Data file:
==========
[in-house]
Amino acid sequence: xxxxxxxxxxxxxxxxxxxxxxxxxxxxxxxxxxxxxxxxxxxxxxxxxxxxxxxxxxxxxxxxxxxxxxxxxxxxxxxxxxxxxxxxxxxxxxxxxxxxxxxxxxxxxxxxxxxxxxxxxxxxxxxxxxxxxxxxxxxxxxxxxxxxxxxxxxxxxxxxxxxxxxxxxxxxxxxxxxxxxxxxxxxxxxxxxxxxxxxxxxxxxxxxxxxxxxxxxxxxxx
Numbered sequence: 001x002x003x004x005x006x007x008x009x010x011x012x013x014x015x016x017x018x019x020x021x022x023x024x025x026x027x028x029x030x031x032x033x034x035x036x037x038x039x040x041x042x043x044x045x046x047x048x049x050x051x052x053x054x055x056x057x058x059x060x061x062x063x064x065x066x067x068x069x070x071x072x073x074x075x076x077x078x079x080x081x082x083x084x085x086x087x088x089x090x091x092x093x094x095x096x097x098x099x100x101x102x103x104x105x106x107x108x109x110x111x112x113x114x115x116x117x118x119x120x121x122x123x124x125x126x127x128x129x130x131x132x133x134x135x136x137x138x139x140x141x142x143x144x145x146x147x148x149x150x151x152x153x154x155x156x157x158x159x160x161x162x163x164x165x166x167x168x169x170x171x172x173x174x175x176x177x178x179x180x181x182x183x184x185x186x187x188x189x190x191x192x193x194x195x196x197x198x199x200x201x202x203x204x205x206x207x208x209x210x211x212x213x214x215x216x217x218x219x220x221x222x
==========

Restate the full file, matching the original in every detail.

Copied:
[in-house]
Amino acid sequence: xxxxxxxxxxxxxxxxxxxxxxxxxxxxxxxxxxxxxxxxxxxxxxxxxxxxxxxxxxxxxxxxxxxxxxxxxxxxxxxxxxxxxxxxxxxxxxxxxxxxxxxxxxxxxxxxxxxxxxxxxxxxxxxxxxxxxxxxxxxxxxxxxxxxxxxxxxxxxxxxxxxxxxxxxxxxxxxxxxxxxxxxxxxxxxxxxxxxxxxxxxxxxxxxxxxxxxxxxxxxxx
Numbered sequence: 001x002x003x004x005x006x007x008x009x010x011x012x013x014x015x016x017x018x019x020x021x022x023x024x025x026x027x028x029x030x031x032x033x034x035x036x037x038x039x040x041x042x043x044x045x046x047x048x049x050x051x052x053x054x055x056x057x058x059x060x061x062x063x064x065x066x067x068x069x070x071x072x073x074x075x076x077x078x079x080x081x082x083x084x085x086x087x088x089x090x091x092x093x094x095x096x097x098x099x100x101x102x103x104x105x106x107x108x109x110x111x112x113x114x115x116x117x118x119x120x121x122x123x124x125x126x127x128x129x130x131x132x133x134x135x136x137x138x139x140x141x142x143x144x145x146x147x148x149x150x151x152x153x154x155x156x157x158x159x160x161x162x163x164x165x166x167x168x169x170x171x172x173x174x175x176x177x178x179x180x181x182x183x184x185x186x187x188x189x190x191x192x193x194x195x196x197x198x199x200x201x202x203x204x205x206x207x208x209x210x211x212x213x214x215x216x217x218x219x220x221x222x